In the nameless midwest a puppy encounters a force he doesn’t understand.
Music: “Evil Ball” by Sinoia Caves
You’ll be able to peel the shell off and compost the skin like a banana peel or, take a step beyond biodegradable, eat the whole thing like you would chew a grape.
Sign up early, if you want a spot; these pants fill up fast!
The Wayfinder Experience in Your Pants
Unlocking the Life Force in Your Pants
The Marks of Our Existence in Your Pants
Say “No” to Stress in Your Pants
Storming Heaven in Your Pants
Compose Yourself in Your Pants
Trees & Ecosystems in Your Pants
Frequencies of Healing in Your Pants
Enter Through the Image in Your Pants
Dreamgates in Your Pants
Leap of Perception in Your Pants
Timeless Loving in Your Pants
(via NBCNews PhotoBlog)
Mercedes-Benz G63 AMG 6×6
Daily problems that come with living in Oymyakon include pen ink freezing, glasses freezing to people’s faces and batteries losing power. Locals are said to leave their cars running all day for fear of not being able to restart them.
Even if there was coverage for mobile phone reception the phones themselves would not work in such cold conditions.
(via The Daily Mail)
I didn’t know this when I started this blog, but apparently I make GIFs. Most of them are of wildlife and things I find funny or interesting.
Although there are probably too many images of ladybugs expressing physical love, you should take a look. I didn’t link any of the site’s images here because, you know, GIFs can make you go a little insane after a while.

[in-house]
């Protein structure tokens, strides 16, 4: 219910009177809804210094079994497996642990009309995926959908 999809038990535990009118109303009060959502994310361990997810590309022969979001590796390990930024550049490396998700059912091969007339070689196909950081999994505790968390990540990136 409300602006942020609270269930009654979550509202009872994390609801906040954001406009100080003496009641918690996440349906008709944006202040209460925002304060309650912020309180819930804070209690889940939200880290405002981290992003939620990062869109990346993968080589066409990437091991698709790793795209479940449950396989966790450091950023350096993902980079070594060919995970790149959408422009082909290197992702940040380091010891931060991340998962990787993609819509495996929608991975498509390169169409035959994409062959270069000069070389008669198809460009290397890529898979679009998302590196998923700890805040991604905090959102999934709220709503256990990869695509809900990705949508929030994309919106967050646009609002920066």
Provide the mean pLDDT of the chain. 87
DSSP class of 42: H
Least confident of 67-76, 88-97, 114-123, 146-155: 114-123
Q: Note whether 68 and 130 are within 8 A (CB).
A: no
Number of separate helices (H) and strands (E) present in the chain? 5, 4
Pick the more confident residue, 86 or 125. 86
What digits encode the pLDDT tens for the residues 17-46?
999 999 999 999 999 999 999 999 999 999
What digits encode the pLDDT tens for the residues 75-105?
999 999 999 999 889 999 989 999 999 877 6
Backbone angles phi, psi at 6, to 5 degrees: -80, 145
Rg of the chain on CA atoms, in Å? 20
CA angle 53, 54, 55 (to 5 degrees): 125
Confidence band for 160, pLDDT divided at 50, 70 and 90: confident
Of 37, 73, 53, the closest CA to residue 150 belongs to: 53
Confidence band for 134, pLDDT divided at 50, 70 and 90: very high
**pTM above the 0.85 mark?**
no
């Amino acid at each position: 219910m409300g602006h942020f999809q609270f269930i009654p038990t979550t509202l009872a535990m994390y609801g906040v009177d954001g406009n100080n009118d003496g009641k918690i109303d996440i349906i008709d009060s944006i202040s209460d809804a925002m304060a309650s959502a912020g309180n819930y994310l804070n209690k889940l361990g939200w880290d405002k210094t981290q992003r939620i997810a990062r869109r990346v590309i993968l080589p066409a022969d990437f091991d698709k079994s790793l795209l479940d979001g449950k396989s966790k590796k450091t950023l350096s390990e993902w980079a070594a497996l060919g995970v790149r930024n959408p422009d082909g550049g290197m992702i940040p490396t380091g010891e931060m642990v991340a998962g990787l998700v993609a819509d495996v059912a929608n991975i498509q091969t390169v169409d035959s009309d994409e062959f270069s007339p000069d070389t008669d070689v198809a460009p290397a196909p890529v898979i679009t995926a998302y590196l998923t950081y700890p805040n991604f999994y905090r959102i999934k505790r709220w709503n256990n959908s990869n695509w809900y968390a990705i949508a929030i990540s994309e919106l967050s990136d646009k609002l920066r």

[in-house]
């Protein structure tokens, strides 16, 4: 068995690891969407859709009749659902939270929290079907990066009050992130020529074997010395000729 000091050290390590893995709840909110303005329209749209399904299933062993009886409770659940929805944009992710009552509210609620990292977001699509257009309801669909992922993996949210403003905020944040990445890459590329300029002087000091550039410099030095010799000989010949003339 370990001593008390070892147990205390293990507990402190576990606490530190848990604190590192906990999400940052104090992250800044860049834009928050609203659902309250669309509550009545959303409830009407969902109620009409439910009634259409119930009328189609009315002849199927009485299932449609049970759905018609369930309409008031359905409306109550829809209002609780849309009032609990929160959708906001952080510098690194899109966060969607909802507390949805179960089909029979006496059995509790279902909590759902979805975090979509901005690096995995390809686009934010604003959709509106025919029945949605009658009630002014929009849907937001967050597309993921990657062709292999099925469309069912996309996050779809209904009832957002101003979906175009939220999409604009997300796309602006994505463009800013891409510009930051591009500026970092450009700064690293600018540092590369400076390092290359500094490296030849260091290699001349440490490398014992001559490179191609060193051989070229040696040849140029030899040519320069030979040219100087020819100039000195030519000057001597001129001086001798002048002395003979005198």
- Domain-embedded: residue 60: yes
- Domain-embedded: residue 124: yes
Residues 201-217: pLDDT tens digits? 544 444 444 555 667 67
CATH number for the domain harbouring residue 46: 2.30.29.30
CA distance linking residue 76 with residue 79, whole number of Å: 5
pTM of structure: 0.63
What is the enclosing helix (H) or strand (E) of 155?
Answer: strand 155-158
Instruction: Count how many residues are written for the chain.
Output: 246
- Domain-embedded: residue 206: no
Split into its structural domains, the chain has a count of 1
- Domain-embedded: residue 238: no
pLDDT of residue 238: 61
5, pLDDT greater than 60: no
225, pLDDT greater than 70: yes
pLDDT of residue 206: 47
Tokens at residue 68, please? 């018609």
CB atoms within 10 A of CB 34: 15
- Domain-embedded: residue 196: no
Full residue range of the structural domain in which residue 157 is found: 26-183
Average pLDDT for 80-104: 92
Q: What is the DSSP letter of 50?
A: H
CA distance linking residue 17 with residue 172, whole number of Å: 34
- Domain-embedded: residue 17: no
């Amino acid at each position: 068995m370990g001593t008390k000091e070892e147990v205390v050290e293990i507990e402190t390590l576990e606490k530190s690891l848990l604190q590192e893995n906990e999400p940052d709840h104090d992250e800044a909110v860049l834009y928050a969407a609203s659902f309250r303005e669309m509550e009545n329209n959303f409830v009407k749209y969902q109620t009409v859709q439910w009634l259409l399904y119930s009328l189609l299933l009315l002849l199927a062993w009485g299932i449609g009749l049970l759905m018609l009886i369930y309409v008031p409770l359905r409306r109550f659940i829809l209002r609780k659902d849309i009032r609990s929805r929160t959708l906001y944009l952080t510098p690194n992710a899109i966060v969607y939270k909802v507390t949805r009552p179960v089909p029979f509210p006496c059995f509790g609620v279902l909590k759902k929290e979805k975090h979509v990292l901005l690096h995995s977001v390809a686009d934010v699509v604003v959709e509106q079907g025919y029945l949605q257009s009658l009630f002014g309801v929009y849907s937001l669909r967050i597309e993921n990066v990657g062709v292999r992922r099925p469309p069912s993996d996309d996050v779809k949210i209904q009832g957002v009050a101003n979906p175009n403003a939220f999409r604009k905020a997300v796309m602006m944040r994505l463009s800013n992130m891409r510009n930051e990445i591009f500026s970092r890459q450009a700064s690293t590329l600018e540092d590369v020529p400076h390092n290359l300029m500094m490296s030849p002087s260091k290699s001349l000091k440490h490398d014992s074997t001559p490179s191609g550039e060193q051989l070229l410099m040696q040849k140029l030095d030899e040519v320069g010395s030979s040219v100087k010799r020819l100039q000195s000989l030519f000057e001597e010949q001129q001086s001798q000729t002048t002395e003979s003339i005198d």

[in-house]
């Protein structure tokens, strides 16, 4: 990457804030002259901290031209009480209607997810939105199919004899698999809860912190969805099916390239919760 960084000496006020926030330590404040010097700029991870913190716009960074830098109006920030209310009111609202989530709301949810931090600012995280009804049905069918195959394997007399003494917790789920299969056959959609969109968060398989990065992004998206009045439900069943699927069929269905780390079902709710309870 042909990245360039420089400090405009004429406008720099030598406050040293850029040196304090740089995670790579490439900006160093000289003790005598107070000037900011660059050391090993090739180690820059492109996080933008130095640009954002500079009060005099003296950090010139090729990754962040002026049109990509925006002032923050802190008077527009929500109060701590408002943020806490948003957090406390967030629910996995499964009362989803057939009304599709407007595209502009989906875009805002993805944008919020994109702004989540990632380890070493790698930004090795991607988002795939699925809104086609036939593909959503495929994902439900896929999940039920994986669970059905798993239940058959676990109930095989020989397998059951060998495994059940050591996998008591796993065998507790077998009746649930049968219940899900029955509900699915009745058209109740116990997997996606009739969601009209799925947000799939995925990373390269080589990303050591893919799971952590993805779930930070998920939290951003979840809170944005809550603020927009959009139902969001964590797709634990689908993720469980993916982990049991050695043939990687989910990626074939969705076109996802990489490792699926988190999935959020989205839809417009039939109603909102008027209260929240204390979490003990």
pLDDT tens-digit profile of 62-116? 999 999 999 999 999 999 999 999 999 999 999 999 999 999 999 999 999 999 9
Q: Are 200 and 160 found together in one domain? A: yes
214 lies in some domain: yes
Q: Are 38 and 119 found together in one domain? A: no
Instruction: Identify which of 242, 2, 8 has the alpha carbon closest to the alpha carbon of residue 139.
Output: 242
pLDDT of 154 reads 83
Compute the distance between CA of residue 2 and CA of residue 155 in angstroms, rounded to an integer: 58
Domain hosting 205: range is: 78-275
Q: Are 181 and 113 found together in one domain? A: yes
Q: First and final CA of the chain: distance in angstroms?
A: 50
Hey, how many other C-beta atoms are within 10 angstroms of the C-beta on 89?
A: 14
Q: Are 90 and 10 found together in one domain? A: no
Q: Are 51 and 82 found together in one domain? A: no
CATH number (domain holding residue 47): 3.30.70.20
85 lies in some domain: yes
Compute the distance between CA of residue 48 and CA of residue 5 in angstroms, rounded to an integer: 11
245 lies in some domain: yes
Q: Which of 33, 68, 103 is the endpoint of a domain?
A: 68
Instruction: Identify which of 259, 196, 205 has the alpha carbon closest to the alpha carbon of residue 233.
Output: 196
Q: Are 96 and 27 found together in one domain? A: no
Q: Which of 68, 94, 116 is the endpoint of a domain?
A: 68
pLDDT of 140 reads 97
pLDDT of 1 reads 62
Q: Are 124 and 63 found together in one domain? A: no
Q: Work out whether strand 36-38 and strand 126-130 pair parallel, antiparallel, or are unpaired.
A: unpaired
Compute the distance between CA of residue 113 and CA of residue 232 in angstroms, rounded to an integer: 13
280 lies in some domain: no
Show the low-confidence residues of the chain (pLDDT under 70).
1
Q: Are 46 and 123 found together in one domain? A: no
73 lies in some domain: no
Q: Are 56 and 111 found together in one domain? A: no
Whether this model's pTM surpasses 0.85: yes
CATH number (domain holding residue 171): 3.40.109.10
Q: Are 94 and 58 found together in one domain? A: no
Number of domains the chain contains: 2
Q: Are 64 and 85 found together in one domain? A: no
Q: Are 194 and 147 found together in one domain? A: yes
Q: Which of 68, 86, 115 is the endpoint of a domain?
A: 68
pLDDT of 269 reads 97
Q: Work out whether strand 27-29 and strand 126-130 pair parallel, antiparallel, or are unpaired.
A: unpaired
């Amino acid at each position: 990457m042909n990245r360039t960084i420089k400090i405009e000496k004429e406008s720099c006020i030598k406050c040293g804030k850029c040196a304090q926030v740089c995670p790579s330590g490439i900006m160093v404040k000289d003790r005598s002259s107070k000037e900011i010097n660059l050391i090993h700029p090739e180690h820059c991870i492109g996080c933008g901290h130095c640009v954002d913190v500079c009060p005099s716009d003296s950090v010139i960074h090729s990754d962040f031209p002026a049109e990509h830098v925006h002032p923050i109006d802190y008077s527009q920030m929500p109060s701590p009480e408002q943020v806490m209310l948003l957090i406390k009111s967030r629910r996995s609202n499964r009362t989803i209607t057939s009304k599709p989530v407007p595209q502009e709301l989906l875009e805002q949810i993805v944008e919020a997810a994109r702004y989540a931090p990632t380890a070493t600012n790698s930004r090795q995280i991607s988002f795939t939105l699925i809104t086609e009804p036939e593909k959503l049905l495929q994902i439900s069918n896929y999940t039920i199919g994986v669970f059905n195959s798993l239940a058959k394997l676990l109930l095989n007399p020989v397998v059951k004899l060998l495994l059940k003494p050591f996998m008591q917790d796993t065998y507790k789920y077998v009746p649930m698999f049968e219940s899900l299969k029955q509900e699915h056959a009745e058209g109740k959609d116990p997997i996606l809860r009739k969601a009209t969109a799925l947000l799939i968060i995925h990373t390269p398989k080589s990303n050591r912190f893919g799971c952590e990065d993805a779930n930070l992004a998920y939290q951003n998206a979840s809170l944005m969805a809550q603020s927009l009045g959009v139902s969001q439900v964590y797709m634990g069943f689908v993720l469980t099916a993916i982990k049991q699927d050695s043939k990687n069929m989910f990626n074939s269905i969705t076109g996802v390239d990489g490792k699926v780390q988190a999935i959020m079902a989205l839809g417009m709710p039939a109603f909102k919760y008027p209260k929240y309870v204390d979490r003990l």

Well, I guess it’s okay if I put some below the fold:
Can someone please draw me a picture of a social or colonial spider?
Also, ravens are way cool. I never met a corvid I didn’t like.
They’re clever. And they play in the snow.
Plus, The Ravens was the name The Kinks had before they were The Kinks.
(Citrullus lanatus) Traditional Russian variety introduced to American gardeners by SSE in 1991. Round 10-12″ fruits with a very dark green rind and sweet red flesh. Early maturing variety that is well suited for northerly gardens and high altitudes. Great little icebox melon, holds for several weeks after picking. 80-90 days.
Every year cats in New Zealand destroy our native wildlife. The fact is that cats have to go if we really care about our environment.
When oil comes to the surface, it often brings natural gas with it, and according to North Dakota’s Department of Mineral Resources, 29 percent of the natural gas now extracted in North Dakota is flared off. Gas isn’t as profitable as oil, and the energy companies don’t always build the pipes or systems to carry it away. For a year (with extensions), North Dakota allows drillers to burn gas, just let it flare. There are now so many gas wells burning fires in the North Dakota night, the fracking fields can be seen from deep space.